It’s always hard to announce specific client news, since it’s so far in advance and we have to observe the sensitivities of the publishers and producers involved.  But I think it’s OK to congratulate Emma Adams on her first big TV commission, and announce a new book deal for Mike Carey.  We’ve got reasonable hopes for several films to start shooting this year.  News will be announced on the website and our Facebook page as it happens.

I find retrospectives generally dull, and – despite the global and domestic issues that have been worrying us all – there are reasons to feel cheerful about the coming year.  But, as always, we agents have work to do as well.

In the publishing sector, book sales have gone up by 5% after years of slow but consistent decline.  Areas of particular increase have been hardcovers and audiobooks.

That being said, the polarization of authors’ earnings has got to be redressed. The big names get larger revenues; the mid-career or less populist authors increasingly less. There are three areas I’m especially concerned about:

  1. Deep discounts – for a popular author, you can find that about 20% of their books are sold at the standard rate; and the rest at high discount;
  2. Special sales – large numbers ofcopies sold to places like The Works or The Book People for eye-wateringly low sums;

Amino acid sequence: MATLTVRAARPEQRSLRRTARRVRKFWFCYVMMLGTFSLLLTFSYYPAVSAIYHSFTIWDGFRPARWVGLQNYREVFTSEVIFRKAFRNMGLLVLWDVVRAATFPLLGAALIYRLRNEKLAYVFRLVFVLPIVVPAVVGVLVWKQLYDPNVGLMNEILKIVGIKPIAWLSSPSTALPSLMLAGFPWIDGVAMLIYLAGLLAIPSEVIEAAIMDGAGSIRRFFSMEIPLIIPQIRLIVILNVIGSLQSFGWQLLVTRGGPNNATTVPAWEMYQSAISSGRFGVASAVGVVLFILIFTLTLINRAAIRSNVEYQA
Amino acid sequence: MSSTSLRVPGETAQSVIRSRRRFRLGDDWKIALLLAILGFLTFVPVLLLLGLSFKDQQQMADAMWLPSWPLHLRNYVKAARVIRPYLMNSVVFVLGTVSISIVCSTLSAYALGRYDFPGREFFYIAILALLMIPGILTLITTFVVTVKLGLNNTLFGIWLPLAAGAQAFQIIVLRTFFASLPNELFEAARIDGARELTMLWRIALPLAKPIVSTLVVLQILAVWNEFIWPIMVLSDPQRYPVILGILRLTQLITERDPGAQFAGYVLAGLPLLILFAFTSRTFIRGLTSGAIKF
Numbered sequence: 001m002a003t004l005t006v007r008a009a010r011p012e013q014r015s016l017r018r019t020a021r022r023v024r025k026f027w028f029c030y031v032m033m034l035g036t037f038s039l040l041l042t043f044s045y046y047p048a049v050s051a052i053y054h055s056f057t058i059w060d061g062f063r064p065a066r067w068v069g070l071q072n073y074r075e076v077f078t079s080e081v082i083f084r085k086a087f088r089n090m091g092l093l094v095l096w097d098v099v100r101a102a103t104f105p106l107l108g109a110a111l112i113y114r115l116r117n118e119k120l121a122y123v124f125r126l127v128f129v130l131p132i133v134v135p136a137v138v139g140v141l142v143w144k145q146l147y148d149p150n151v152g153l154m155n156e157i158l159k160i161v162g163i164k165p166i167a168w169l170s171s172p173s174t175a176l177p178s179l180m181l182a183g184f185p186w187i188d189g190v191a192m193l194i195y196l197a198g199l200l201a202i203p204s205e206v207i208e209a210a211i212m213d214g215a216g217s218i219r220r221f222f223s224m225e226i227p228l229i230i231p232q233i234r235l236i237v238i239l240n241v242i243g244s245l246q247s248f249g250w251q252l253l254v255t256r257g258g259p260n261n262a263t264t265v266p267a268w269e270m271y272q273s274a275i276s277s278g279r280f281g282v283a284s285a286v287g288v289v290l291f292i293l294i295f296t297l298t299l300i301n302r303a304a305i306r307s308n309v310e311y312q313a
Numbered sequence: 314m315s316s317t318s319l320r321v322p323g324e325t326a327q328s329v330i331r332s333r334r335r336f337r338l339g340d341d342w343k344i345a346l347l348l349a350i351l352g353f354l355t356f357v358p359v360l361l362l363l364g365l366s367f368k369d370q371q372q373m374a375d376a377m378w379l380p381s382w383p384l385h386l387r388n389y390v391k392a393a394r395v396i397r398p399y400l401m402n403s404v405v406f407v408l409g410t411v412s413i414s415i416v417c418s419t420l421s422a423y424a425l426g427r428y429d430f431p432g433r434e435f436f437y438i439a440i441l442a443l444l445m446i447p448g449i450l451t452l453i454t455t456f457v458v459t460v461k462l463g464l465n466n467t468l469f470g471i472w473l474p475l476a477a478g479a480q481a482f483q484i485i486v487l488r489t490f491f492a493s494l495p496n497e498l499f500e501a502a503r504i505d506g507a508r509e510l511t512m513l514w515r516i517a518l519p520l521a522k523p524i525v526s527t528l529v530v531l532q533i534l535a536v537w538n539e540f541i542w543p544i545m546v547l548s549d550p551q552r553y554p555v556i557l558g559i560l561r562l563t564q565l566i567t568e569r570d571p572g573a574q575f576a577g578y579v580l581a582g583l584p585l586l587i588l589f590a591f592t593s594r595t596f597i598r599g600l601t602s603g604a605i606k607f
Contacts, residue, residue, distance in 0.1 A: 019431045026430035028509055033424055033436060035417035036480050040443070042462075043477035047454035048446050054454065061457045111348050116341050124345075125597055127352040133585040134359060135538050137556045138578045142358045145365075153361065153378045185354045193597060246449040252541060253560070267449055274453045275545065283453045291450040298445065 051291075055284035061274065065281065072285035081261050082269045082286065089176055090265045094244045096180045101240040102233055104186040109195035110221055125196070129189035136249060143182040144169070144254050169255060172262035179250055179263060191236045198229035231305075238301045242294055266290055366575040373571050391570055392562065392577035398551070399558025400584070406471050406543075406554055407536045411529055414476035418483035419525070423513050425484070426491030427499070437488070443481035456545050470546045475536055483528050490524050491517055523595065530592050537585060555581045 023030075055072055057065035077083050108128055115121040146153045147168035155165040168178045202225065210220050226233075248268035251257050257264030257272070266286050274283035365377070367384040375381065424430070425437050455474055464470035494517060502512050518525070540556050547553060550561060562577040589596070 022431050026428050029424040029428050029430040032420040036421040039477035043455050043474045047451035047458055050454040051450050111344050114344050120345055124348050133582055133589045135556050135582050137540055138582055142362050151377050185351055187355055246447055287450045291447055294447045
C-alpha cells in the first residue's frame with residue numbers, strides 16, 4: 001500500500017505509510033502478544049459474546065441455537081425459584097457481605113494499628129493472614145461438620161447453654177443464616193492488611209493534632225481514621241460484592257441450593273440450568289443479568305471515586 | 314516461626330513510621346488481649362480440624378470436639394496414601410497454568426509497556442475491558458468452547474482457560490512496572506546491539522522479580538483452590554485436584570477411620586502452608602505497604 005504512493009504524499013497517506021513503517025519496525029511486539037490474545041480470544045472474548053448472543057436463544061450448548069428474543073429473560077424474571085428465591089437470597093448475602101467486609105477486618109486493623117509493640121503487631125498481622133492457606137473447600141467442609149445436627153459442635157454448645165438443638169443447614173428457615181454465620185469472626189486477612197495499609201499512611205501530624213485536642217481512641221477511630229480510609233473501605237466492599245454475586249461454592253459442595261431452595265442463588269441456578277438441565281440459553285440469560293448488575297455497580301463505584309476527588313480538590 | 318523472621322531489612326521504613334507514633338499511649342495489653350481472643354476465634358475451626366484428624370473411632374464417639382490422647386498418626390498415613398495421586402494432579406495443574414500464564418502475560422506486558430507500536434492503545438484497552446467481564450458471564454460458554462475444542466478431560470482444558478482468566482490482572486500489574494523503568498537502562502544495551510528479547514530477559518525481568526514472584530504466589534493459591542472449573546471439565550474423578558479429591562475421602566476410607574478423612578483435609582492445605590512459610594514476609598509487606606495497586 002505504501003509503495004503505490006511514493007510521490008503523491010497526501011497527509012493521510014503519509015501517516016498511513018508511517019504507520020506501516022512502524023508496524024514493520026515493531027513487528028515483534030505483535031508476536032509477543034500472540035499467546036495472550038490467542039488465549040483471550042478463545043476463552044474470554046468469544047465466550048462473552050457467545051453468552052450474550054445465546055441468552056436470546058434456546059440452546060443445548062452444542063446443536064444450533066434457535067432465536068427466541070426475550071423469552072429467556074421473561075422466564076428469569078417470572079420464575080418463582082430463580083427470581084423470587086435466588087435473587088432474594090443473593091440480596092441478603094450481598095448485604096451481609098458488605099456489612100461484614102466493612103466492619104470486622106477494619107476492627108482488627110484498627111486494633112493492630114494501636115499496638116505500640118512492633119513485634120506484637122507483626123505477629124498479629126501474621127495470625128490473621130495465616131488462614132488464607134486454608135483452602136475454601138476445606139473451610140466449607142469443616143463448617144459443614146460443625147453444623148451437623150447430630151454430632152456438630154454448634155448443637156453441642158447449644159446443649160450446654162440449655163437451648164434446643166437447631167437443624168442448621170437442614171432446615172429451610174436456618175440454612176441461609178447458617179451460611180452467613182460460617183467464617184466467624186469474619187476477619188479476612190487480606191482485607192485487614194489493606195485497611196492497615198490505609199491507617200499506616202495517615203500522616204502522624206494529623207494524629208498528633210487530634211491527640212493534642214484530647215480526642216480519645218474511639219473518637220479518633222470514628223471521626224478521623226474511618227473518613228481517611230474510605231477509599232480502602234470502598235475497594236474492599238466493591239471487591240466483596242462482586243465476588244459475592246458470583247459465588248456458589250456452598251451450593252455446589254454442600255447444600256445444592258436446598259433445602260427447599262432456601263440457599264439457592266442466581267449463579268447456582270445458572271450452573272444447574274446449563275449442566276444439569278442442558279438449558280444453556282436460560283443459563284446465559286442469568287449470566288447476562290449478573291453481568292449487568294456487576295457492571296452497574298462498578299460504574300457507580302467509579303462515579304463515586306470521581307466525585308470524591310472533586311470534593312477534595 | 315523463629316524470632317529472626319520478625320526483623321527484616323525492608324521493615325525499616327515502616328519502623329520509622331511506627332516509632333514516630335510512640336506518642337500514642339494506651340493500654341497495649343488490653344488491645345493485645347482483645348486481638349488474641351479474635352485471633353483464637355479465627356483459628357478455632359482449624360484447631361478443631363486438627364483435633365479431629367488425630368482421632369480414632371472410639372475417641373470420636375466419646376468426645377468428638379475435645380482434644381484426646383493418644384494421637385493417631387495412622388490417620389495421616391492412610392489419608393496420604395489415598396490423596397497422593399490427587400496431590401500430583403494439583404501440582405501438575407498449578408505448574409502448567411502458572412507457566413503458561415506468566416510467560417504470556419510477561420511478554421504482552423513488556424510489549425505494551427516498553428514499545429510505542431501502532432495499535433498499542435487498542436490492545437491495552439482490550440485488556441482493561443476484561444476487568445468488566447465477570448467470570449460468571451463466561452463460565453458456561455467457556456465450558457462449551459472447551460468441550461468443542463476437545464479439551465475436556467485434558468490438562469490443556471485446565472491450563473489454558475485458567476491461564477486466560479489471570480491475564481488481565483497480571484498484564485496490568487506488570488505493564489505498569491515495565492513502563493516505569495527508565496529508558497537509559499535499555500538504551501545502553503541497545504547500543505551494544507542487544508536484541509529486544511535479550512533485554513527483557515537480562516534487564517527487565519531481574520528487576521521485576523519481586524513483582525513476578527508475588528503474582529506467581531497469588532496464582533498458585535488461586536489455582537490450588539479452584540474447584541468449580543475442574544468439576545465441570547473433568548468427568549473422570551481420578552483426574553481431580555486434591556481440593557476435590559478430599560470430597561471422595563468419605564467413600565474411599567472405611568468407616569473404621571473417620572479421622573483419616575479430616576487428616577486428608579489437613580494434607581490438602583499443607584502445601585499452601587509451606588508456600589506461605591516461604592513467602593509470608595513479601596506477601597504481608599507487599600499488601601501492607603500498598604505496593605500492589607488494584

3. Ebooks – publishers are resisting a review of the standard royalty, which was set at the emergence of this format years ago.

In TV drama, we’re seeing a boom in the quantity of commissions, as well as the quality.   Besides Netflix and Amazon, other companies like Apple and Google are getting into the act. We’re busy making the most of this increase in opportunity, but here too there’s a caveat: these companies are making their own content in order to gain market share and drive down revenue to the creators, and to avoid having to buy from other producers (who would charge the

m more for their better, premium content).

For the first time recently I had a ‘What is a film?’ conversation with a prominent producer.  What will make people make the trip to a cinema and pay the admission is under intense scrutiny.  That being said, box office takings are up.

I’m hoping, too, that the globalisation of media companies will give us some buffer against the political and economic turbulence we’re seeing right now.